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PAYG Pensions and Human Capital Accumulation: Some Unpleasant Arithmetic

  • Giam Pietro Cipriani

    ()

  • Miltiadis Makris

A large literature has studied the effects of PAYG systems on fertility, human capital and growth. We argue that the social security system may also interact with longevity when the latter is endogenously determined. We show that in such an environment, in a dynamically efficient economy PAYG pensions must be sufficiently low in order to ensure positive economic growth. Moreover, a transition to a funded social security system will promote growth, and can thereby take place by fully compensating the losers.

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Paper provided by CHILD - Centre for Household, Income, Labour and Demographic economics - ITALY in its series CHILD Working Papers with number wp19_09.

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Length: 19 pages
Date of creation: Jul 2009
Date of revision:
Handle: RePEc:wpc:wplist:wp19_09
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  1. Cervellati, Matteo & Sunde, Uwe, 2005. "Human capital formation, life expectancy, and the process of development," Munich Reprints in Economics 20083, University of Munich, Department of Economics.
  2. David Cutler & Angus Deaton & Adriana Lleras-Muney, 2006. "The Determinants of Mortality," Journal of Economic Perspectives, American Economic Association, vol. 20(3), pages 97-120, Summer.
  3. Cigno, Alessandro, 1992. "Children and Pensions," Journal of Population Economics, Springer;European Society for Population Economics, vol. 5(3), pages 175-83, August.
  4. Sinn, Hans-Werner, 2004. "The pay-as-you-go pension system as fertility insurance and an enforcement device," Munich Reprints in Economics 19606, University of Munich, Department of Economics.
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  6. Poutvaara, Panu, 2007. "Social security incentives, human capital investment and mobility of labor," Munich Reprints in Economics 19804, University of Munich, Department of Economics.
  7. Frederic, DOCQUIER & Oliver, Paddison & Pierre PESTIEAU, 2006. "Optimal accumulation in an endogenous growth setting with human capital," Discussion Papers (ECON - Département des Sciences Economiques) 2006022, Université catholique de Louvain, Département des Sciences Economiques.
  8. Cremer, Helmuth & Gahvari, Firouz & Pestieau, Pierre, 2004. "Pensions with Endogenous and Stochastic Fertility," IDEI Working Papers 305, Institut d'Économie Industrielle (IDEI), Toulouse.
  9. Berthold U. Wigger, 1999. "Pay-as-you-go financed public pensions in a model of endogenous growth and fertility," Journal of Population Economics, Springer;European Society for Population Economics, vol. 12(4), pages 625-640.
  10. Christopher H. Wheeler, 2007. "Human capital externalities and adult mortality in the U.S," Working Papers 2007-045, Federal Reserve Bank of St. Louis.
  11. Nishimura, K. & Zhang, J., 1990. "Pay-As-You-Go Public Pensions With Endogenous Fertility," Papers 202, Australian National University - Department of Economics.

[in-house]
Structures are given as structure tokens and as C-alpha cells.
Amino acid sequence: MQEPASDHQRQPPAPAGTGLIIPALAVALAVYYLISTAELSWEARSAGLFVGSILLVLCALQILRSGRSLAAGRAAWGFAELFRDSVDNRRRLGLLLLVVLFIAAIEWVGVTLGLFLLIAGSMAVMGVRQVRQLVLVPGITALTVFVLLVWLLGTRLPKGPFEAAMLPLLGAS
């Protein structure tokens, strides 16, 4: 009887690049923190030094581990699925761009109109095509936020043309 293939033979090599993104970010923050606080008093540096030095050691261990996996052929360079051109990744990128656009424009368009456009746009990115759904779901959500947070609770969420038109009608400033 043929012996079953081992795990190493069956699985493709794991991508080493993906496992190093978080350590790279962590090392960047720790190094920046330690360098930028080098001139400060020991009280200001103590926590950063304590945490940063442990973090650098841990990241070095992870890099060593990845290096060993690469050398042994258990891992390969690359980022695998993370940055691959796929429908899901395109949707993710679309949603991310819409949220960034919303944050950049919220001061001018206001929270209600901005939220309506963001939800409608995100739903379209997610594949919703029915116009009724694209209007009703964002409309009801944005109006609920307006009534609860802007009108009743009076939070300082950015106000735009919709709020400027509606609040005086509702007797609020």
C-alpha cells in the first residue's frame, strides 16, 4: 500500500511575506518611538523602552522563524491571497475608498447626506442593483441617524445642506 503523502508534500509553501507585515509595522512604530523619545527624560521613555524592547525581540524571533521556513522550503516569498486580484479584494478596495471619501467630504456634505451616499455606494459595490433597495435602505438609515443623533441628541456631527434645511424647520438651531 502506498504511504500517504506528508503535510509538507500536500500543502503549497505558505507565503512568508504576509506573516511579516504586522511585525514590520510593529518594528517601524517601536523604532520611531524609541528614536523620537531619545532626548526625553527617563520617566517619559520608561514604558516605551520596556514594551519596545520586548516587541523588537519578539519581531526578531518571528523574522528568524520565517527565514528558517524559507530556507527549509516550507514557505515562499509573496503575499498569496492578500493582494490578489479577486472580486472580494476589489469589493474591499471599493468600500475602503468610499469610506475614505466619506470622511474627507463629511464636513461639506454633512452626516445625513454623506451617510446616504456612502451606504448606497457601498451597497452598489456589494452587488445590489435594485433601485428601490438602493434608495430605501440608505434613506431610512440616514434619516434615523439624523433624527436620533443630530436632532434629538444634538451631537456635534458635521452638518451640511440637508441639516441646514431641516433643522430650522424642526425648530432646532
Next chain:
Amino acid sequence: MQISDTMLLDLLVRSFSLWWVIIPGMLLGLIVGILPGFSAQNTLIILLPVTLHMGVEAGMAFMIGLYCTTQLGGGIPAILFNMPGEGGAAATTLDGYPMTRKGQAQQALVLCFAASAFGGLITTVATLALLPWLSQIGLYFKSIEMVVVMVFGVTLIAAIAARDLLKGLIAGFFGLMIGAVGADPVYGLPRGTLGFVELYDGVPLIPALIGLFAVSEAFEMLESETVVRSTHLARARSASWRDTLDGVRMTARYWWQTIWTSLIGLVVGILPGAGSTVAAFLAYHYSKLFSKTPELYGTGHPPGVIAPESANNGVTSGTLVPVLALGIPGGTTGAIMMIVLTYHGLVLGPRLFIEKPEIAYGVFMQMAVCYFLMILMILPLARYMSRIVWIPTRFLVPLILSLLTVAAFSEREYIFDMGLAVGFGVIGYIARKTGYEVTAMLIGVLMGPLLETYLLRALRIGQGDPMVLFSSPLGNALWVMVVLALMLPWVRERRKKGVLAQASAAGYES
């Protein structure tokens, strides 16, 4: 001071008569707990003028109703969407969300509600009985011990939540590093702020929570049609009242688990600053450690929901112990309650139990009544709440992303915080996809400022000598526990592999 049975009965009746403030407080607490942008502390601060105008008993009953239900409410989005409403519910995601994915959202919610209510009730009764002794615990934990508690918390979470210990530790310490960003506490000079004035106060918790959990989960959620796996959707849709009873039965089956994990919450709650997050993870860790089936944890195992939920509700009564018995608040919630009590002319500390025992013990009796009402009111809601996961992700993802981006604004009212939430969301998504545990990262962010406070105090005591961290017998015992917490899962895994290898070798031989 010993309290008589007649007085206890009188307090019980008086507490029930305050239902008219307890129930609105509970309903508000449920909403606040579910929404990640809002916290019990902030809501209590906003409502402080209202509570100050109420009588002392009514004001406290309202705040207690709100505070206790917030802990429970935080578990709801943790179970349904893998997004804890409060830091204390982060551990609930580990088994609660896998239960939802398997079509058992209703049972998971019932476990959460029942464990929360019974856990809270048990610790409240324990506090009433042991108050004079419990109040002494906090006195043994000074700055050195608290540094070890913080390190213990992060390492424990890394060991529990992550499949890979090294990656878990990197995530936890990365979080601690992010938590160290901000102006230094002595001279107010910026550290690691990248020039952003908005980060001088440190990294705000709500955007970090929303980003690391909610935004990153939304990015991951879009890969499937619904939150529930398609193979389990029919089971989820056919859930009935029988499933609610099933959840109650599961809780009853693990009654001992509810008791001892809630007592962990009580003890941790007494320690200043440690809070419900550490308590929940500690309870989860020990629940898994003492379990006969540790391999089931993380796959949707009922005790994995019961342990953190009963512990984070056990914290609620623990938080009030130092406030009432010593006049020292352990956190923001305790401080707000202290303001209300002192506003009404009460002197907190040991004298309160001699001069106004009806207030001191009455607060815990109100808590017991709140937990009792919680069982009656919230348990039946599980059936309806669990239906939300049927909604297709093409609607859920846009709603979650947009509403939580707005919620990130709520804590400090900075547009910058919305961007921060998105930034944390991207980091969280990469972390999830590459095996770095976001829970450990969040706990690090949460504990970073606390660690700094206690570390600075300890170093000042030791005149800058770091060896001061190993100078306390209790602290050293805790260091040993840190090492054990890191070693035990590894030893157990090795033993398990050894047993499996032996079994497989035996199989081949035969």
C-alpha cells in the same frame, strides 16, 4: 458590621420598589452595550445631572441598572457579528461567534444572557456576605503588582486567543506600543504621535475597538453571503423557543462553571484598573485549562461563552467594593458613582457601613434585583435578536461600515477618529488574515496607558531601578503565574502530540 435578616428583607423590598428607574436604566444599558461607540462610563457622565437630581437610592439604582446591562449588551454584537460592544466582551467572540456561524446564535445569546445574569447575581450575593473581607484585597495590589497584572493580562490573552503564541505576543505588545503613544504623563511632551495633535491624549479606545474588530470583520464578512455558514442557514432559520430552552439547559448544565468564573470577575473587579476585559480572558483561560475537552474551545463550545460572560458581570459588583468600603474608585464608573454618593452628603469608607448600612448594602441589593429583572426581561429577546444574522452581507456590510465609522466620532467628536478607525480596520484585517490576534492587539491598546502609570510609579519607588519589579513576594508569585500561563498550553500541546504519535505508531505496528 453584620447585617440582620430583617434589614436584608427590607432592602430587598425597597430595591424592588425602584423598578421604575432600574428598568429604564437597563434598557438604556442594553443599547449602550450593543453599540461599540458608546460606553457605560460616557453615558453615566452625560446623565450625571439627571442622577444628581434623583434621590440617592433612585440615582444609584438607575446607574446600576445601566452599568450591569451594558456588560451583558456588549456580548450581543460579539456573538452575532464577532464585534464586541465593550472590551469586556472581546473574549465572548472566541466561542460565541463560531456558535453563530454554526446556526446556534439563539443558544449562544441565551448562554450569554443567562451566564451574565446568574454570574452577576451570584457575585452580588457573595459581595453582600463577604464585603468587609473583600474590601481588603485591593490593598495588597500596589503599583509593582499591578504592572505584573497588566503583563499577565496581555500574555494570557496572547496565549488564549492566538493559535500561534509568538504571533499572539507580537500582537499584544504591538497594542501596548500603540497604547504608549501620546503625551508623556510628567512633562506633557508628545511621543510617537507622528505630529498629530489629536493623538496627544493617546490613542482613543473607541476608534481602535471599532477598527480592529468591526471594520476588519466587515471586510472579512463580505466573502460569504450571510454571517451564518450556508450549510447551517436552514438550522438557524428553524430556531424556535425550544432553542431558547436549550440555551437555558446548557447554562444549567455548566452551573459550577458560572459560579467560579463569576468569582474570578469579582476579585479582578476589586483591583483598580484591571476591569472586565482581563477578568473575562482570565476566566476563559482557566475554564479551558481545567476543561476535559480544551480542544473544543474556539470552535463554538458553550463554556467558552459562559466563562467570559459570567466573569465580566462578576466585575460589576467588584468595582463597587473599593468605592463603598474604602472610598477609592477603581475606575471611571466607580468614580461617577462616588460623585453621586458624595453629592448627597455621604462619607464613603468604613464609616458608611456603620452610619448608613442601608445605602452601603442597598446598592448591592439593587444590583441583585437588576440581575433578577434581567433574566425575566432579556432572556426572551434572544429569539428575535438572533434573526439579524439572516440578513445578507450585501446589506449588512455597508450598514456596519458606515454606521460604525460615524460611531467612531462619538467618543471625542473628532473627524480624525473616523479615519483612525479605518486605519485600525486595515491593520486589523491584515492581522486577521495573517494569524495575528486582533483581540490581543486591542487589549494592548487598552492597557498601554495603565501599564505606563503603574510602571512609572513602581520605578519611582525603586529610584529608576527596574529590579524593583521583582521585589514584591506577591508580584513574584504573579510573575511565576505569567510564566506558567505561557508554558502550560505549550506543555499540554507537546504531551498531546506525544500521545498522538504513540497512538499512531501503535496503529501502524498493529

12. Robert Tamura, 2002. "Human capital and economic development," FRB Atlanta Working Paper 2002-5, Federal Reserve Bank of Atlanta.
  13. Andrew B. Abel & N. Gregory Mankiw & Lawrence H. Summers & Richard J. Zeckhauser, 1986. "Assessing Dynamic Efficiency: Theory and Evidence," NBER Working Papers 2097, National Bureau of Economic Research, Inc.
  14. Pascal Belan & Philippe Michel & Pierre Pestieau, 1998. "Pareto-Improving Social Security Reform," The Geneva Risk and Insurance Review, Palgrave Macmillan, vol. 23(2), pages 119-125, December.
  15. Alders, Peter & Broer, D. Peter, 2005. "Ageing, fertility, and growth," Journal of Public Economics, Elsevier, vol. 89(5-6), pages 1075-1095, June.
  16. Iza Padilla, María Amaya & Echevarría Olave, Cruz Ángel, 2005. "Life Expectancy, Human Capital, Social Security and Growth," DFAEII Working Papers 2005-17, University of the Basque Country - Department of Foundations of Economic Analysis II.
  17. Cipriani, Giam Pietro & Makris, Miltiadis, 2007. "Indeterminacy, intergenerational redistribution, endogenous longevity and human capital accumulation," Journal of Economic Dynamics and Control, Elsevier, vol. 31(2), pages 613-633, February.
  18. Tomas J. Philipson & Gary S. Becker, 1998. "Old-Age Longevity and Mortality-Contingent Claims," Journal of Political Economy, University of Chicago Press, vol. 106(3), pages 551-573, June.
  19. Pierre Pestieau & Gregory Ponthiere & Motohiro Sato, 2008. "Longevity, Health Spending, and Pay-as-you-Go Pensions," FinanzArchiv: Public Finance Analysis, Mohr Siebeck, Tübingen, vol. 64(1), pages 1-18, March.
  20. PESTIEAU, Pierre & PONTHIÈRE, Grégory & SATO, Motohiro, 2006. "Longevity and Pay-as-you-Go pensions," CORE Discussion Papers 2006054, Université catholique de Louvain, Center for Operations Research and Econometrics (CORE).
  21. Blackburn, Keith & Cipriani, Giam Pietro, 2002. "A model of longevity, fertility and growth," Journal of Economic Dynamics and Control, Elsevier, vol. 26(2), pages 187-204, February.
  22. Davies, James B. & Kuhn, Peter, 1992. "Social security, longevity, and moral hazard," Journal of Public Economics, Elsevier, vol. 49(1), pages 91-106, October.
  23. Andersen, Torben M., 2008. "Increasing longevity and social security reforms--A legislative procedure approach," Journal of Public Economics, Elsevier, vol. 92(3-4), pages 633-646, April.
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